A Call to Detoxification

In discussing the concept that evangelism is an invitation for Christians to be different from the people in the world surrounding us, Bishop Will Willimon said:

Evangelism calls people, not to agreement, but to conversion, detoxification, the adoption of practices meant to save them from the deceits of the “modern world.”

Clearly, his use of detoxification stuck with me. I think that’s a great way to look at it—we can overdose on all the crappy, sinful pleasures of the world, both the physical ones and the psychological ones [pursuits of power and money for their own sake, for one]. In fact, this world is toxic to the very nature of holiness, because we’re surrounded by decay.

I am suddenly reminded of the farcical exchange from Monty Python and the Holy Grail:

Large Man with Dead Body: Who’s that then?
The Dead Collector: I dunno, must be a king.
Large Man with Dead Body: Why?
The Dead Collector: He hasn’t got shit all over him.

Jesus is really the only king to have come through this world—because He stayed wholly pure and didn’t get shit all over him.


My friend Josh Bobbitt was writing the other day on Christians and the Church not reaching out to the growing Hispanic population in this country. Josh argued that we should be learning Spanish so as to converse with these folks in their native tongue—and while I agree with him, I think that he’s asking American Christians to be antithetical to American values. But that’s not necessarily a bad thing in this case [or in many others]. We need to be antithetical in these situations so that we can be detoxified and cling more closely to Christ’s values than to America’s values.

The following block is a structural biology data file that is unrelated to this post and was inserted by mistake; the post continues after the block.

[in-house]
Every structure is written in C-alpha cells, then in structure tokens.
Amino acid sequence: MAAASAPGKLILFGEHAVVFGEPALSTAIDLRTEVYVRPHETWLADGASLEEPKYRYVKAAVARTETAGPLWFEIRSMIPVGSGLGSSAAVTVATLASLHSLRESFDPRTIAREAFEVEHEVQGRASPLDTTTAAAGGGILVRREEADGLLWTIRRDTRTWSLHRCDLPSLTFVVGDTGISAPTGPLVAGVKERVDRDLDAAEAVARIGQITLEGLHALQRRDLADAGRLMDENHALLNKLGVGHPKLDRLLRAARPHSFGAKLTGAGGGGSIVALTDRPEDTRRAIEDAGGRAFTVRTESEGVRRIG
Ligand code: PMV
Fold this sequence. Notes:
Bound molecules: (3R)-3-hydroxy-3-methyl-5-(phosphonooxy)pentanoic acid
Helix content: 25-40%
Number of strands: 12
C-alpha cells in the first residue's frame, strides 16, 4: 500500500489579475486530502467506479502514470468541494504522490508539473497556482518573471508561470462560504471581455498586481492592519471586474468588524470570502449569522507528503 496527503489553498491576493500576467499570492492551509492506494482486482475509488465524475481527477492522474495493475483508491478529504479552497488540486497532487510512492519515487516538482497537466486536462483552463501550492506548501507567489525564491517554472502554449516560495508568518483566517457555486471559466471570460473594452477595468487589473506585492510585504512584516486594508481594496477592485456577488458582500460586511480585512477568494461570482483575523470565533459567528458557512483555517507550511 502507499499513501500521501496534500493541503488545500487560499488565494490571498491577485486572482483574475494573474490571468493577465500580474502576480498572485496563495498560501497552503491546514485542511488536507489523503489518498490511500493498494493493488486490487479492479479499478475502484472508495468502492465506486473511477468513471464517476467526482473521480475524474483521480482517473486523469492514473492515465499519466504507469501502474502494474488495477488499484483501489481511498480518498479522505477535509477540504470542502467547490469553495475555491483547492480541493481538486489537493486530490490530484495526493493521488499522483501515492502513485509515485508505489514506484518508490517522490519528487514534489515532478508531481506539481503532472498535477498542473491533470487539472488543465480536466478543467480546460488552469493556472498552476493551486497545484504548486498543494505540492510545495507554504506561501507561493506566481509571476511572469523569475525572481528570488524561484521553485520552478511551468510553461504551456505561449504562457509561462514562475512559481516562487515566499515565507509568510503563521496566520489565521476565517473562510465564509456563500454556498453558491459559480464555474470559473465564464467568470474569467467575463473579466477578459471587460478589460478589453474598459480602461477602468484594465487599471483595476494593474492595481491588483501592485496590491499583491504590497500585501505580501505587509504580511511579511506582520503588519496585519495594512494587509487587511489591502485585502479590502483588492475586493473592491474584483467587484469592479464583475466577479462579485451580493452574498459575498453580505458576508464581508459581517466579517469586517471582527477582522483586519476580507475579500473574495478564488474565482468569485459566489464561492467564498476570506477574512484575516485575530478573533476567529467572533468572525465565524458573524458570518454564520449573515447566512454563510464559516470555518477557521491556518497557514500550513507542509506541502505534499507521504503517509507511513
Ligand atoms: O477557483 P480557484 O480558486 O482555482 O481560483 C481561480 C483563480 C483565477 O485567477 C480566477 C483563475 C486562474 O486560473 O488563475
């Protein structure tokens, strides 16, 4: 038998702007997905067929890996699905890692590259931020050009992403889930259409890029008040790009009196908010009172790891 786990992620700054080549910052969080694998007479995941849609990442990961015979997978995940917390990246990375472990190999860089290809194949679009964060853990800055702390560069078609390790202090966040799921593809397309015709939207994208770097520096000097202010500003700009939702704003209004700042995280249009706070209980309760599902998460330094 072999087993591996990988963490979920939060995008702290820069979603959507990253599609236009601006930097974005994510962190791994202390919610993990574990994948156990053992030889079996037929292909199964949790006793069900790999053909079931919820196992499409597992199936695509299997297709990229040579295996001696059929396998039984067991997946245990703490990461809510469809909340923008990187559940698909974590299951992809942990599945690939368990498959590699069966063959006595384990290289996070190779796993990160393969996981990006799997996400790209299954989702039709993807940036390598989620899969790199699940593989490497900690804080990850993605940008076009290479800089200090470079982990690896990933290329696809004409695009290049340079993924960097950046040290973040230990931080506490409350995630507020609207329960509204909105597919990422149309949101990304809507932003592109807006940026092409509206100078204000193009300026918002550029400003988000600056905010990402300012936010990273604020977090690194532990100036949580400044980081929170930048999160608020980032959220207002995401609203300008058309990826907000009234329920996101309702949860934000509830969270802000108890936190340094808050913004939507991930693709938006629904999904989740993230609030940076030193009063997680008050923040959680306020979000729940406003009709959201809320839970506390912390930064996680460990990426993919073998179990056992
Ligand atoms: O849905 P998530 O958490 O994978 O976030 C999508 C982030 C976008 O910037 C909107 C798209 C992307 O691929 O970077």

Oh Lord, detoxify me. Make me pure. I need to be clear-headed so that I am ready for Your return.

1 comment

  1. Detox — what a great analogy! I especially like how it implies something that seems often overlooked (by believers and unbelievers alike): that there is a process that occurs after conversion, a process of purification that is both necessary and yet as voluntary as conversion itself.

    How many of us are saved, and yet remain ignorant of the toxins that we’re continuing to “ingest” — anger, impatience, worry, unforgiveness, selfishness? How many Christians substitute going to church for true transformation? It’s like checking yourself into the detox facility for Sunday, and then returning to your usual habits the rest of the week.

    The other thing that can be sneaky about our detox needs is this: if our “doctors” (pastors) aren’t giving us the right information (the Word of God, as guided by the Holy Spirit for a specific time and place), then we won’t know which substances (words, activities, relationships, attitudes) are harmful to us.

    So we can be attending church and not making much headway in the detoxification process if we’re not being fed the Word we need. Lately the words of Jesus to Peter have been echoing in my ears… “If you love Me, feed My sheep.”

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